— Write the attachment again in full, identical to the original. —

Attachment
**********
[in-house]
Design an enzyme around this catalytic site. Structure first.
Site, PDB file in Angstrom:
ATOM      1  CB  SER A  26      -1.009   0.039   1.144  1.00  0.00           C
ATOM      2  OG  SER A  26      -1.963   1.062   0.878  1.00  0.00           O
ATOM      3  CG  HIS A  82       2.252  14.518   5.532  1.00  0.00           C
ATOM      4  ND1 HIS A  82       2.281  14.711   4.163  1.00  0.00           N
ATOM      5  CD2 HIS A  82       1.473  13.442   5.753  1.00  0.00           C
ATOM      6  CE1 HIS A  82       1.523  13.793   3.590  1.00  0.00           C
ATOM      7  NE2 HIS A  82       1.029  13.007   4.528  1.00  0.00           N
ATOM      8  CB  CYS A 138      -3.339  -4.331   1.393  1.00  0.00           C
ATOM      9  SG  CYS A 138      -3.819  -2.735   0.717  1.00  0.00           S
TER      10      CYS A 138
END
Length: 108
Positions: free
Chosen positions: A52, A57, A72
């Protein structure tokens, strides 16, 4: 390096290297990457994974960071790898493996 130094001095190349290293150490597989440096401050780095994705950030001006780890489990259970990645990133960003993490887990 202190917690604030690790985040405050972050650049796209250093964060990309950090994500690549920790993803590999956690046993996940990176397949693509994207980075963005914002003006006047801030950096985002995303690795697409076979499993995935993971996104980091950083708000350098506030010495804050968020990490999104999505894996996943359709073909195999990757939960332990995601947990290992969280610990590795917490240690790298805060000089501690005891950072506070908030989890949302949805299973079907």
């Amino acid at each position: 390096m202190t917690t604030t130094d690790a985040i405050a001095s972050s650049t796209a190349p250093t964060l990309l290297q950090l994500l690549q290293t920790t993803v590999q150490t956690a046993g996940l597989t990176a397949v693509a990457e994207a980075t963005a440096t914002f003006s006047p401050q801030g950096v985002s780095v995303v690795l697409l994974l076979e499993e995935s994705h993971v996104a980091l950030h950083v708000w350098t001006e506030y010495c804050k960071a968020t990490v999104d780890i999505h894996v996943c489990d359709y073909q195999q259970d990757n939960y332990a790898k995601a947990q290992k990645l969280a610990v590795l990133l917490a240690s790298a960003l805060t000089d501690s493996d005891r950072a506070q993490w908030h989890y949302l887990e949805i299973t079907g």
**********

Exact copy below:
[in-house]
Design an enzyme around this catalytic site. Structure first.
Site, PDB file in Angstrom:
ATOM      1  CB  SER A  26      -1.009   0.039   1.144  1.00  0.00           C
ATOM      2  OG  SER A  26      -1.963   1.062   0.878  1.00  0.00           O
ATOM      3  CG  HIS A  82       2.252  14.518   5.532  1.00  0.00           C
ATOM      4  ND1 HIS A  82       2.281  14.711   4.163  1.00  0.00           N
ATOM      5  CD2 HIS A  82       1.473  13.442   5.753  1.00  0.00           C
ATOM      6  CE1 HIS A  82       1.523  13.793   3.590  1.00  0.00           C
ATOM      7  NE2 HIS A  82       1.029  13.007   4.528  1.00  0.00           N
ATOM      8  CB  CYS A 138      -3.339  -4.331   1.393  1.00  0.00           C
ATOM      9  SG  CYS A 138      -3.819  -2.735   0.717  1.00  0.00           S
TER      10      CYS A 138
END
Length: 108
Positions: free
Chosen positions: A52, A57, A72
């Protein structure tokens, strides 16, 4: 390096290297990457994974960071790898493996 130094001095190349290293150490597989440096401050780095994705950030001006780890489990259970990645990133960003993490887990 202190917690604030690790985040405050972050650049796209250093964060990309950090994500690549920790993803590999956690046993996940990176397949693509994207980075963005914002003006006047801030950096985002995303690795697409076979499993995935993971996104980091950083708000350098506030010495804050968020990490999104999505894996996943359709073909195999990757939960332990995601947990290992969280610990590795917490240690790298805060000089501690005891950072506070908030989890949302949805299973079907």
């Amino acid at each position: 390096m202190t917690t604030t130094d690790a985040i405050a001095s972050s650049t796209a190349p250093t964060l990309l290297q950090l994500l690549q290293t920790t993803v590999q150490t956690a046993g996940l597989t990176a397949v693509a990457e994207a980075t963005a440096t914002f003006s006047p401050q801030g950096v985002s780095v995303v690795l697409l994974l076979e499993e995935s994705h993971v996104a980091l950030h950083v708000w350098t001006e506030y010495c804050k960071a968020t990490v999104d780890i999505h894996v996943c489990d359709y073909q195999q259970d990757n939960y332990a790898k995601a947990q290992k990645l969280a610990v590795l990133l917490a240690s790298a960003l805060t000089d501690s493996d005891r950072a506070q993490w908030h989890y949302l887990e949805i299973t079907g």